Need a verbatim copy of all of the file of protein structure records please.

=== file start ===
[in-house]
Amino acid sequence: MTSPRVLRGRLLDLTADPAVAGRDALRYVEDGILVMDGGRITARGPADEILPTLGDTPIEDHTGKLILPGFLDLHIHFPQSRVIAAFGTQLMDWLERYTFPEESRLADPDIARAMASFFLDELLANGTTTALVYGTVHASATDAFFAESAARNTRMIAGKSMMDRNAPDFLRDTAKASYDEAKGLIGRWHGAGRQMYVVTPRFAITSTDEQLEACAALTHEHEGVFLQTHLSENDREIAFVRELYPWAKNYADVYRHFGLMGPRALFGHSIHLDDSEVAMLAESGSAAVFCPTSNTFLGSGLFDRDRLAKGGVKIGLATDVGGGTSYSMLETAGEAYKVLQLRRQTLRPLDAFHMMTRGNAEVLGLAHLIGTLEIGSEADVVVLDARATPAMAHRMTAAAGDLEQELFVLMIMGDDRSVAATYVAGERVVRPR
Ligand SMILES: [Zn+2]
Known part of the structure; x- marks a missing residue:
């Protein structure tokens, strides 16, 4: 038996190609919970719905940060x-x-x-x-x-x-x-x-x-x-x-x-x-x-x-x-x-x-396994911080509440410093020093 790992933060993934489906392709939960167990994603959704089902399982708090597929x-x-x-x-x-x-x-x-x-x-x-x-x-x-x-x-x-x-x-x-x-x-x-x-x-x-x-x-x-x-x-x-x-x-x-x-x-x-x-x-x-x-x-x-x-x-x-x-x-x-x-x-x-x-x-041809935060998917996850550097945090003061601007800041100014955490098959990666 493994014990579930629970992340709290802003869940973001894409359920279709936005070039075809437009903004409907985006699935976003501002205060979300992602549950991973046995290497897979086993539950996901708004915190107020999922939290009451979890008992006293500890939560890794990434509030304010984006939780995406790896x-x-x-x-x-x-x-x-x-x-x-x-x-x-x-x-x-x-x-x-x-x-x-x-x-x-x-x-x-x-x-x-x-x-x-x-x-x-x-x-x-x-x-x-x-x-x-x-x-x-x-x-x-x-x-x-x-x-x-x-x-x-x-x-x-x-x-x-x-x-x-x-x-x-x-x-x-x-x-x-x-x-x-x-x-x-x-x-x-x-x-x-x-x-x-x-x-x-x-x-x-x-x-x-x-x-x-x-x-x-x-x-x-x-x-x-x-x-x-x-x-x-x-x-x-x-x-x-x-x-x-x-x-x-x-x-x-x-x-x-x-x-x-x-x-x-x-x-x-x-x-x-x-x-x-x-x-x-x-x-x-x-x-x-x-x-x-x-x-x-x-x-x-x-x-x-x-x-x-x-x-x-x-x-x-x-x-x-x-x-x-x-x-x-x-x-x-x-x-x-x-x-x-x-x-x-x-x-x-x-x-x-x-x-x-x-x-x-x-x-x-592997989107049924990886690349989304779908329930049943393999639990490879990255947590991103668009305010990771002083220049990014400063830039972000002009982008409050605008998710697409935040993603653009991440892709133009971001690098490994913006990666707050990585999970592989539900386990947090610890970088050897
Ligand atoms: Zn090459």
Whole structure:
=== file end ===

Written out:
[in-house]
Amino acid sequence: MTSPRVLRGRLLDLTADPAVAGRDALRYVEDGILVMDGGRITARGPADEILPTLGDTPIEDHTGKLILPGFLDLHIHFPQSRVIAAFGTQLMDWLERYTFPEESRLADPDIARAMASFFLDELLANGTTTALVYGTVHASATDAFFAESAARNTRMIAGKSMMDRNAPDFLRDTAKASYDEAKGLIGRWHGAGRQMYVVTPRFAITSTDEQLEACAALTHEHEGVFLQTHLSENDREIAFVRELYPWAKNYADVYRHFGLMGPRALFGHSIHLDDSEVAMLAESGSAAVFCPTSNTFLGSGLFDRDRLAKGGVKIGLATDVGGGTSYSMLETAGEAYKVLQLRRQTLRPLDAFHMMTRGNAEVLGLAHLIGTLEIGSEADVVVLDARATPAMAHRMTAAAGDLEQELFVLMIMGDDRSVAATYVAGERVVRPR
Ligand SMILES: [Zn+2]
Known part of the structure; x- marks a missing residue:
């Protein structure tokens, strides 16, 4: 038996190609919970719905940060x-x-x-x-x-x-x-x-x-x-x-x-x-x-x-x-x-x-396994911080509440410093020093 790992933060993934489906392709939960167990994603959704089902399982708090597929x-x-x-x-x-x-x-x-x-x-x-x-x-x-x-x-x-x-x-x-x-x-x-x-x-x-x-x-x-x-x-x-x-x-x-x-x-x-x-x-x-x-x-x-x-x-x-x-x-x-x-x-x-x-x-041809935060998917996850550097945090003061601007800041100014955490098959990666 493994014990579930629970992340709290802003869940973001894409359920279709936005070039075809437009903004409907985006699935976003501002205060979300992602549950991973046995290497897979086993539950996901708004915190107020999922939290009451979890008992006293500890939560890794990434509030304010984006939780995406790896x-x-x-x-x-x-x-x-x-x-x-x-x-x-x-x-x-x-x-x-x-x-x-x-x-x-x-x-x-x-x-x-x-x-x-x-x-x-x-x-x-x-x-x-x-x-x-x-x-x-x-x-x-x-x-x-x-x-x-x-x-x-x-x-x-x-x-x-x-x-x-x-x-x-x-x-x-x-x-x-x-x-x-x-x-x-x-x-x-x-x-x-x-x-x-x-x-x-x-x-x-x-x-x-x-x-x-x-x-x-x-x-x-x-x-x-x-x-x-x-x-x-x-x-x-x-x-x-x-x-x-x-x-x-x-x-x-x-x-x-x-x-x-x-x-x-x-x-x-x-x-x-x-x-x-x-x-x-x-x-x-x-x-x-x-x-x-x-x-x-x-x-x-x-x-x-x-x-x-x-x-x-x-x-x-x-x-x-x-x-x-x-x-x-x-x-x-x-x-x-x-x-x-x-x-x-x-x-x-x-x-x-x-x-x-x-x-x-x-x-x-592997989107049924990886690349989304779908329930049943393999639990490879990255947590991103668009305010990771002083220049990014400063830039972000002009982008409050605008998710697409935040993603653009991440892709133009971001690098490994913006990666707050990585999970592989539900386990947090610890970088050897
Ligand atoms: Zn090459």
Whole structure: